Then we went to a campsite called Roy’s. It had a cold swimming pool, but the best thing was the jungle gym!!

Cheetahs!

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Yesterday we went to the Cheetah Conservation Fund. We did a tour and saw cheetahs, but they were mostly lying down in the shade. Mummy was carrying Genevieve, and when Genevieve got down, one of the cheetahs was very interested and ran right up to the fence! It thought she was a small antelope! It was really close, and we could see its orange eyes and black tear marks.

We learnt lots of interesting things about cheetahs:
* Cheetahs hunt in the day time, so they don’t compete with leopards, lions and hyenas.
* Cheetahs get blamed for killing farm animals because they are the predators that the farmer sees.
* Cheetahs can see 5km!
* Cheetahs are the fastest land animal and can run about 110km/hr! They use their tail to steer, like a rudder on a boat.
* There are only about 7,500 cheetahs left in the world, with 3,000 in Namibia.
* When cubs are born they have long hair on their backs and it gives them a disguise, because they look like honey badgers.
* Cheetahs can’t roar, but they can purr.


At the moment there are 35 cheetahs that live there. They can’t go back to the wild because they don’t know how to look after themselves. They have 7 cheetahs that will be able to be released, and they have one cub that is only a few weeks old, though we didn’t see it.

We saw the cheetahs have their lunch. They eat old donkeys and horses, and the food has predator powder on it, to give them their vitamins. The cheetahs were waiting and rushed in to get their food. The food is given in a bowl, because in the wild, the cheetahs eat their prey from the inside out. So the skin is like a natural bowl. It was interesting because some of the cheetahs put their paws on their food, just like a dog. That means the cheetah was taken away from its Mum too early. In the wild the cheetahs have to always be ready to run because other animals steal their food, and they are not good at fighting.

At the Cheetah Conservation Fund they also raise Anatolian Shepherd Dogs. These dogs are brought up to protect all the farm animals. They get trained with goats and they think the goats are their family! The dogs are sold to farmers, so the farmers don’t shoot cheetahs.

I like Cheetahs. My favourite was one called Tiger Lily! There was also a Rainbow, Aurora, Hermonine, Harry and Ron. Like the Beautiful Gate orphanage in Lesotho, The Cheetah Conservation Fund runs on donations. It also gets money from visitors and from selling cheese it makes from its goat farm. It also has interns from all over the world, and maybe I could do that one day when I am older!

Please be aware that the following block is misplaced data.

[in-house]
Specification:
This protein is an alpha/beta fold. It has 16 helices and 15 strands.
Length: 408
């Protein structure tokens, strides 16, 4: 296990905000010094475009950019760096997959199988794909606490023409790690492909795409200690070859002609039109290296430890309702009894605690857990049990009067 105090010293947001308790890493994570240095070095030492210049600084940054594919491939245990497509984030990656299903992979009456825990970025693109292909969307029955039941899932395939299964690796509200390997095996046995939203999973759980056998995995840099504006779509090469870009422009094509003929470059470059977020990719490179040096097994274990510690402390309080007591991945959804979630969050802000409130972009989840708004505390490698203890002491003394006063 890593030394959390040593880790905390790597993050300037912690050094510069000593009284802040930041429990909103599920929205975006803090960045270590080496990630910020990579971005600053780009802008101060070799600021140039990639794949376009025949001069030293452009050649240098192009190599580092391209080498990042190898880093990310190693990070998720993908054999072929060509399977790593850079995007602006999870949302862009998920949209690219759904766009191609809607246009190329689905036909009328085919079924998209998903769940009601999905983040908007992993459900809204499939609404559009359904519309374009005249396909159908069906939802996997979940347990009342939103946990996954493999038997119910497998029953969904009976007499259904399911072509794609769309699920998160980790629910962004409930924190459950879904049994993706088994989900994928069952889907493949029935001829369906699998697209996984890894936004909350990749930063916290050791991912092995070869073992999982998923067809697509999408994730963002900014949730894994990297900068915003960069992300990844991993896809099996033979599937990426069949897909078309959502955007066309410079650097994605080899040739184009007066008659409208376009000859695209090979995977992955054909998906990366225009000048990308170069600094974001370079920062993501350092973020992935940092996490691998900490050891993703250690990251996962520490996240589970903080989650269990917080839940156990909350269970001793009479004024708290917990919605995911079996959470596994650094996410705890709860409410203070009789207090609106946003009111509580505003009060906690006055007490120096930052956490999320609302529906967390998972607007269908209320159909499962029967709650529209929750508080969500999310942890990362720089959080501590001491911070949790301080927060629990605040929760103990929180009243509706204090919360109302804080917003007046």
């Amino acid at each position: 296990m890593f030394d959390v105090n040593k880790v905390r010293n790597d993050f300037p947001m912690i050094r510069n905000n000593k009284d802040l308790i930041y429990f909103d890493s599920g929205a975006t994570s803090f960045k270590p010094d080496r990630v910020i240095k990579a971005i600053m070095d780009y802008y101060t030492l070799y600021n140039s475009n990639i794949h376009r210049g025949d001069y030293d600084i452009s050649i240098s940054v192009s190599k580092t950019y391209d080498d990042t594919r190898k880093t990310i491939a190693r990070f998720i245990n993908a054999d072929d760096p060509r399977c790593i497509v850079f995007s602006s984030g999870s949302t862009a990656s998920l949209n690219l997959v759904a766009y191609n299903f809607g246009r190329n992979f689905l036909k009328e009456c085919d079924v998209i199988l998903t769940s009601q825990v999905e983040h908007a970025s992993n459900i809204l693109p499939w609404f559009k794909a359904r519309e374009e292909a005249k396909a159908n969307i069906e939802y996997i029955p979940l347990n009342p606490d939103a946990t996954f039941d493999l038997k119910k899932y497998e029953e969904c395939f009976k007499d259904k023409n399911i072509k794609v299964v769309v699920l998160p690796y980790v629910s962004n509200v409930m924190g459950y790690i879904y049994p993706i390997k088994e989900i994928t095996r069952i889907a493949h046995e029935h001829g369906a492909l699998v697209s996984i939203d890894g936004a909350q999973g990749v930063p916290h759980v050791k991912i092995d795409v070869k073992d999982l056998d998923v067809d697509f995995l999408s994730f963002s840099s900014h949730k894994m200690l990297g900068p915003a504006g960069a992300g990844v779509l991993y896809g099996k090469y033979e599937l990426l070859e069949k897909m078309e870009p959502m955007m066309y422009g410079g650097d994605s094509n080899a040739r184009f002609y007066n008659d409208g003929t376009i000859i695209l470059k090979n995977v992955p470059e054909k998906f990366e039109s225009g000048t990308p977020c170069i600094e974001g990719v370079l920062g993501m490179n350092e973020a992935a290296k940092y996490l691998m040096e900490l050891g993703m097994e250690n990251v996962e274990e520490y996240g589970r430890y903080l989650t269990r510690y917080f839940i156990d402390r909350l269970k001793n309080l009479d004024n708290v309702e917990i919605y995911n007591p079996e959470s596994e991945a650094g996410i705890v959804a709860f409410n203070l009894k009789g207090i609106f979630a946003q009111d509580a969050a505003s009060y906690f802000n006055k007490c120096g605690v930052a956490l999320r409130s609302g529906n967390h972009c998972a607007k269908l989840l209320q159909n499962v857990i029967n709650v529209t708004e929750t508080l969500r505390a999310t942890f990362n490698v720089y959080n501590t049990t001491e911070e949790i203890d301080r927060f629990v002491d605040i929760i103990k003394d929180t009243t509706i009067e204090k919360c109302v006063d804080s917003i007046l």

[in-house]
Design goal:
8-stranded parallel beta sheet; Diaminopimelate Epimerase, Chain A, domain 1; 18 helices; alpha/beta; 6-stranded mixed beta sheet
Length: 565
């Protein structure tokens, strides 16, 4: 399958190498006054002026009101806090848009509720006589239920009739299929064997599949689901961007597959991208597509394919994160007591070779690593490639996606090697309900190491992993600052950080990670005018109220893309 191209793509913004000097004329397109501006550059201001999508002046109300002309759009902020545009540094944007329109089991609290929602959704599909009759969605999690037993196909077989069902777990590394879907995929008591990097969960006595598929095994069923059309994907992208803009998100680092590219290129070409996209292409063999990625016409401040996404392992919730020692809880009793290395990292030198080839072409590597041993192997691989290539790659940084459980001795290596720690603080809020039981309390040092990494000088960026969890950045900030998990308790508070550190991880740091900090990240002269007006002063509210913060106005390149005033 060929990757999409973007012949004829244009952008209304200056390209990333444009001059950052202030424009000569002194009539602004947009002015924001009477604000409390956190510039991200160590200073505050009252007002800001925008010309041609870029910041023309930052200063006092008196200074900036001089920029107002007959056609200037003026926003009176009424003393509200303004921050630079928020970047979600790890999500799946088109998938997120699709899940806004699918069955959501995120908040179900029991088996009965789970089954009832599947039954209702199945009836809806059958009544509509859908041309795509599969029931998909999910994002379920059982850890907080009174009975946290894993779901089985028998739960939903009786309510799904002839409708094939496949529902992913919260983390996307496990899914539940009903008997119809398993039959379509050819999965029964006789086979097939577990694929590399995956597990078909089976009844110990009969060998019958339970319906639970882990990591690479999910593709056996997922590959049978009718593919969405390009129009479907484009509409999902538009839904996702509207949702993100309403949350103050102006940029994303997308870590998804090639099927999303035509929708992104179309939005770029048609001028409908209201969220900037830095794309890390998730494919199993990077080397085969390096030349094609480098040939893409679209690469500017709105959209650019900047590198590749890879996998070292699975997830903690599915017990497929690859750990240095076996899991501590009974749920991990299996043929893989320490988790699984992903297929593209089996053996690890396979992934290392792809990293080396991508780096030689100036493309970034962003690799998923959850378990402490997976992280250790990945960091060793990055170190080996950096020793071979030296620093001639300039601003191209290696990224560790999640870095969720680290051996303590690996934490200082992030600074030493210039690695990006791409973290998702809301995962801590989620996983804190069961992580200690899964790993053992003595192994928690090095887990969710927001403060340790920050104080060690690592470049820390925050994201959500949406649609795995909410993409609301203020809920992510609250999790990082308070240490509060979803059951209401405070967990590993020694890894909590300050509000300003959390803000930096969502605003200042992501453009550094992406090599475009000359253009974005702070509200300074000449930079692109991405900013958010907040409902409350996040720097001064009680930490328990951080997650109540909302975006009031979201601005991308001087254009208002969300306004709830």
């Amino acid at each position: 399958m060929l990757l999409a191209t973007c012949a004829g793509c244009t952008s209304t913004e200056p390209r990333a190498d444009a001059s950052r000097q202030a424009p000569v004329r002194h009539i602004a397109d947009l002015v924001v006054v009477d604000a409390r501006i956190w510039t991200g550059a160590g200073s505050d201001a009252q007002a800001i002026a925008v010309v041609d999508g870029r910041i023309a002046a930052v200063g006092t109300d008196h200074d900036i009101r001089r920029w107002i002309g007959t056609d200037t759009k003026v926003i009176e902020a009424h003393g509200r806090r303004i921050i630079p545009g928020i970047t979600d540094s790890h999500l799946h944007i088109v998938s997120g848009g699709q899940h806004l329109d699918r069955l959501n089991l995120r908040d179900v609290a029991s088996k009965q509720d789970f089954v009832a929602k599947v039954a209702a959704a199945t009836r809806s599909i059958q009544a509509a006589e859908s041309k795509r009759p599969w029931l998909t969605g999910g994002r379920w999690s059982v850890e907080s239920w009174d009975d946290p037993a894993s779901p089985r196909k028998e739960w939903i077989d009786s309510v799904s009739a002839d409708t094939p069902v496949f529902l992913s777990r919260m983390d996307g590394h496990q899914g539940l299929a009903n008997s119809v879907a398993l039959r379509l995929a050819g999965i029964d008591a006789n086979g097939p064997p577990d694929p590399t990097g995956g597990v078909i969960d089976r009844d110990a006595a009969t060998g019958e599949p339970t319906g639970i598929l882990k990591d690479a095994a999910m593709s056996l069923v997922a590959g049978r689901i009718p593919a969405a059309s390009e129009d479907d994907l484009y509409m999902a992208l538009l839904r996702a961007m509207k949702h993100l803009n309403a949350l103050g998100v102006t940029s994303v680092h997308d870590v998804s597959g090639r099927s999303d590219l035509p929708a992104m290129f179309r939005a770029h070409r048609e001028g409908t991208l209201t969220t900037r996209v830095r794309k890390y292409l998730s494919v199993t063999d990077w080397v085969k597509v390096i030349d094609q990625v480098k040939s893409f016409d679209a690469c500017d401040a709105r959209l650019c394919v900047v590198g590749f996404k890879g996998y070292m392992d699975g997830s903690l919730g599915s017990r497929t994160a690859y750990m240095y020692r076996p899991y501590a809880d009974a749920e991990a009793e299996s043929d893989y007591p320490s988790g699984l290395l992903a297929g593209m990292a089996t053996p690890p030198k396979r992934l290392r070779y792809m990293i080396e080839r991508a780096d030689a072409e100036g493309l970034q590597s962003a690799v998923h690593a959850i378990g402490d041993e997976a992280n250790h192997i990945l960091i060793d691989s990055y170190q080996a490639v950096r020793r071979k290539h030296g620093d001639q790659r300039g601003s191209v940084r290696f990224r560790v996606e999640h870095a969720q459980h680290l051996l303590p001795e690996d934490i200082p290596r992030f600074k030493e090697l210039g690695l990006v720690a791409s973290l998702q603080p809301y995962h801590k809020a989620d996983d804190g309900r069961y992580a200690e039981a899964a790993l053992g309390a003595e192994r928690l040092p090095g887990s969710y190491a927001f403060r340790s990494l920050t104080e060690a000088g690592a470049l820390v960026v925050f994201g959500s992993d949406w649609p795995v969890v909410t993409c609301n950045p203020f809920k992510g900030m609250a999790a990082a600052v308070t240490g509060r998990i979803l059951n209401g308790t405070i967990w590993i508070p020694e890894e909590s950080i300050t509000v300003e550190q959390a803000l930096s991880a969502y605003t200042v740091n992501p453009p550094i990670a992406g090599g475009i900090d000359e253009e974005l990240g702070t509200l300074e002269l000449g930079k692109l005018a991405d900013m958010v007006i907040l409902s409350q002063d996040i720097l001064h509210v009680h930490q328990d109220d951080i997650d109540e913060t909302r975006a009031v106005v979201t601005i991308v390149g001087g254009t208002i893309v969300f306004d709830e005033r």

Windhoek

We spent a few days in Windhoek. We really liked Urban Camp, and made some friends. There was a swimming pool, and Daddy liked the bar. We had to stay because the car needed some new parts. We got a new brake hose, 4 new tyres and coils to replace the air bags.

In Windhoek we went to the national art gallery. It was different to other art galleries because the art was not just paintings. The artists were all local and used ‘mixed media’, like newspaper, nails, string, beads, animal horns and wood. The art was all for sale too. My favourite piece of art was called ‘The seed of identity’ and was of a twisted horn. (Sorry, no photo!) I also liked one called ‘Etosha’ which was a scene of cows, made of twigs tied with string. There was one room that was filled with different pictures of rhinos. It was very good.

After this we went to the Museum. It was interesting, but a bit run down. Some of the lights didn’t work. These are some of the things that we saw/learnt:

  • A house made by the Nama people, and made out of reed mats. It is the only one left as people now use modern materials.
  • Some people get their grain by breaking into ant nests and stealing it!
  • There was a wooden wagon with a canopy that early settlers used. The wheels were wooden with a metal rim to protect them. I think that this is the same sort of wagon that Laura and Mary used in ‘Little House on the Prairie’
  • There was a rhino skin, that was very thick and hard. Daddy said some people used it for armour.
  • There was a guano platform between Walvis Bay and Swakopmunda. People used to collect it and sell it for fertiliser! Guano is bird poo – I would not want that job!
  • We saw musical instruments. I liked the honey bird whistle. People hollowed out an apple, and used it to call the honey bird. The bird takes the people to a hive and they all get honey. There were reed flutes that they left in milk when they weren’t being used.
  • We learnt about growing and collecting Omahangu, which is millet. People turn into flour and then eat it as porridge.
  • We saw how they made ostrich egg shells into necklaces by breaking them into little pieces, then shaped them into circles and drill holes. They change the colour to brown or black by frying it!